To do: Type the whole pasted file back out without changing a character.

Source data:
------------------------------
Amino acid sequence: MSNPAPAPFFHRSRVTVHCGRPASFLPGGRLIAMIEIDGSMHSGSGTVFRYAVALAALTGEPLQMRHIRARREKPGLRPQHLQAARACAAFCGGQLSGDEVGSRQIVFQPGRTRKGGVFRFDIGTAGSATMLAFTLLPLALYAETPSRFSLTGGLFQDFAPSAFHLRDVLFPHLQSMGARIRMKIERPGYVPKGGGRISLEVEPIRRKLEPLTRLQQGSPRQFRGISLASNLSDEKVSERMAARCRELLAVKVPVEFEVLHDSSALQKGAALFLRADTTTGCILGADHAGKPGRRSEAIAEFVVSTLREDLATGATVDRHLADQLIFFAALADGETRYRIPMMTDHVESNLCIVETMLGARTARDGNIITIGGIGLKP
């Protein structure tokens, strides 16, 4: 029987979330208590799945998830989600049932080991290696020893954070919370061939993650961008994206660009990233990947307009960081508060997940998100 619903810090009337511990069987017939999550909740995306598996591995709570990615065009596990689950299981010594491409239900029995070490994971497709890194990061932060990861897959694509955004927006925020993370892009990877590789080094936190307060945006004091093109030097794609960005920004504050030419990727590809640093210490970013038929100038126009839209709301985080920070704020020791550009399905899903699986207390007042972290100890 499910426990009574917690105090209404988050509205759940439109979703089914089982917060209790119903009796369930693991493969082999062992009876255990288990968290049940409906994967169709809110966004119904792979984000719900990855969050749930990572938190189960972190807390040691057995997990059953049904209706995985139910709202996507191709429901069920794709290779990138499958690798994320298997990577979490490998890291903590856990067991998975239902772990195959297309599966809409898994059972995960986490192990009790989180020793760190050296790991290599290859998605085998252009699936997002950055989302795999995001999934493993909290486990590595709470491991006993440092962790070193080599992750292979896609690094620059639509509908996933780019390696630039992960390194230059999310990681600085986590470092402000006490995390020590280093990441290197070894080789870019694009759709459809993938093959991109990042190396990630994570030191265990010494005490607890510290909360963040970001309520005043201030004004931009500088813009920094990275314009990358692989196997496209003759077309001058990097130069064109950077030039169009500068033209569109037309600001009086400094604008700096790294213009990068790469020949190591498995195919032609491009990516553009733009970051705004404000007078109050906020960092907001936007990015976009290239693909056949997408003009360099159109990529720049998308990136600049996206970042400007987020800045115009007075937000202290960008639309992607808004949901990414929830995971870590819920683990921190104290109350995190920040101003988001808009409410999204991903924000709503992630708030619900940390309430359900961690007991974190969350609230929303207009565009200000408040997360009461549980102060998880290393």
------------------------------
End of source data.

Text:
Amino acid sequence: MSNPAPAPFFHRSRVTVHCGRPASFLPGGRLIAMIEIDGSMHSGSGTVFRYAVALAALTGEPLQMRHIRARREKPGLRPQHLQAARACAAFCGGQLSGDEVGSRQIVFQPGRTRKGGVFRFDIGTAGSATMLAFTLLPLALYAETPSRFSLTGGLFQDFAPSAFHLRDVLFPHLQSMGARIRMKIERPGYVPKGGGRISLEVEPIRRKLEPLTRLQQGSPRQFRGISLASNLSDEKVSERMAARCRELLAVKVPVEFEVLHDSSALQKGAALFLRADTTTGCILGADHAGKPGRRSEAIAEFVVSTLREDLATGATVDRHLADQLIFFAALADGETRYRIPMMTDHVESNLCIVETMLGARTARDGNIITIGGIGLKP
């Protein structure tokens, strides 16, 4: 029987979330208590799945998830989600049932080991290696020893954070919370061939993650961008994206660009990233990947307009960081508060997940998100 619903810090009337511990069987017939999550909740995306598996591995709570990615065009596990689950299981010594491409239900029995070490994971497709890194990061932060990861897959694509955004927006925020993370892009990877590789080094936190307060945006004091093109030097794609960005920004504050030419990727590809640093210490970013038929100038126009839209709301985080920070704020020791550009399905899903699986207390007042972290100890 499910426990009574917690105090209404988050509205759940439109979703089914089982917060209790119903009796369930693991493969082999062992009876255990288990968290049940409906994967169709809110966004119904792979984000719900990855969050749930990572938190189960972190807390040691057995997990059953049904209706995985139910709202996507191709429901069920794709290779990138499958690798994320298997990577979490490998890291903590856990067991998975239902772990195959297309599966809409898994059972995960986490192990009790989180020793760190050296790991290599290859998605085998252009699936997002950055989302795999995001999934493993909290486990590595709470491991006993440092962790070193080599992750292979896609690094620059639509509908996933780019390696630039992960390194230059999310990681600085986590470092402000006490995390020590280093990441290197070894080789870019694009759709459809993938093959991109990042190396990630994570030191265990010494005490607890510290909360963040970001309520005043201030004004931009500088813009920094990275314009990358692989196997496209003759077309001058990097130069064109950077030039169009500068033209569109037309600001009086400094604008700096790294213009990068790469020949190591498995195919032609491009990516553009733009970051705004404000007078109050906020960092907001936007990015976009290239693909056949997408003009360099159109990529720049998308990136600049996206970042400007987020800045115009007075937000202290960008639309992607808004949901990414929830995971870590819920683990921190104290109350995190920040101003988001808009409410999204991903924000709503992630708030619900940390309430359900961690007991974190969350609230929303207009565009200000408040997360009461549980102060998880290393």